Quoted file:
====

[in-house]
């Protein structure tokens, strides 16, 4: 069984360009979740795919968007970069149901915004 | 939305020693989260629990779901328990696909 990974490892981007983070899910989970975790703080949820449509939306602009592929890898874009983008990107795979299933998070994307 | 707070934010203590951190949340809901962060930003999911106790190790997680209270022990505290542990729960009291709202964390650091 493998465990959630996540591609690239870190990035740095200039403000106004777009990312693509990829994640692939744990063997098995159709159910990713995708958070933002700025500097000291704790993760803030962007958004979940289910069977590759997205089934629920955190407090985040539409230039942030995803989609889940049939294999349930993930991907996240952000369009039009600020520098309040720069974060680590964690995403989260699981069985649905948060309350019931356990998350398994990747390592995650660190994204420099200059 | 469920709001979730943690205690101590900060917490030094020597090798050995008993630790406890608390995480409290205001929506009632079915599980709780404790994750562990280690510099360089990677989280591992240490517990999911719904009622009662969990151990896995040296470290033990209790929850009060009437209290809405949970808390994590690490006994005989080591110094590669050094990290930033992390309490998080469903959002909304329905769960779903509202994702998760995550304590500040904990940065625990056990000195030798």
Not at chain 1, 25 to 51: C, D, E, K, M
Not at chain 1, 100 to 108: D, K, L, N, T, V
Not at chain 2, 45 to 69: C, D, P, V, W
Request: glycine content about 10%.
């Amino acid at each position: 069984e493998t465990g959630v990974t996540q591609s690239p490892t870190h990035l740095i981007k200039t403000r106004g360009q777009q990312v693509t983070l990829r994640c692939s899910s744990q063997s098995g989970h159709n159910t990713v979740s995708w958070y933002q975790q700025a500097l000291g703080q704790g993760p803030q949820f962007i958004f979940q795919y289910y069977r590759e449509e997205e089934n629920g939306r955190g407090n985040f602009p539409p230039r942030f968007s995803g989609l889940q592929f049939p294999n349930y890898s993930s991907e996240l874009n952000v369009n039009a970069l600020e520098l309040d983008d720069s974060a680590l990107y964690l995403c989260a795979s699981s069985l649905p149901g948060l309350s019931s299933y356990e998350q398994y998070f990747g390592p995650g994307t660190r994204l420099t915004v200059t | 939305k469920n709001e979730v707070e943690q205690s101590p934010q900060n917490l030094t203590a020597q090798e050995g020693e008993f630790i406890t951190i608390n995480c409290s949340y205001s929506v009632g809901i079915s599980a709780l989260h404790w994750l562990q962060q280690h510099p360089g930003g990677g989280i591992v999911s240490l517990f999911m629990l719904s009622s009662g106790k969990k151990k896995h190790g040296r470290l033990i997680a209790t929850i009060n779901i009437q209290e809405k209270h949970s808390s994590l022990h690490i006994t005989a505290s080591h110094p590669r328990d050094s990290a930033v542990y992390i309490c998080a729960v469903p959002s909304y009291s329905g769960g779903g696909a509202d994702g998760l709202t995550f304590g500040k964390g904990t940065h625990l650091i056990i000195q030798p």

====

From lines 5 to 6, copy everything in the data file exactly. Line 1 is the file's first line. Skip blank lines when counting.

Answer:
Not at chain 2, 45 to 69: C, D, P, V, W
Request: glycine content about 10%.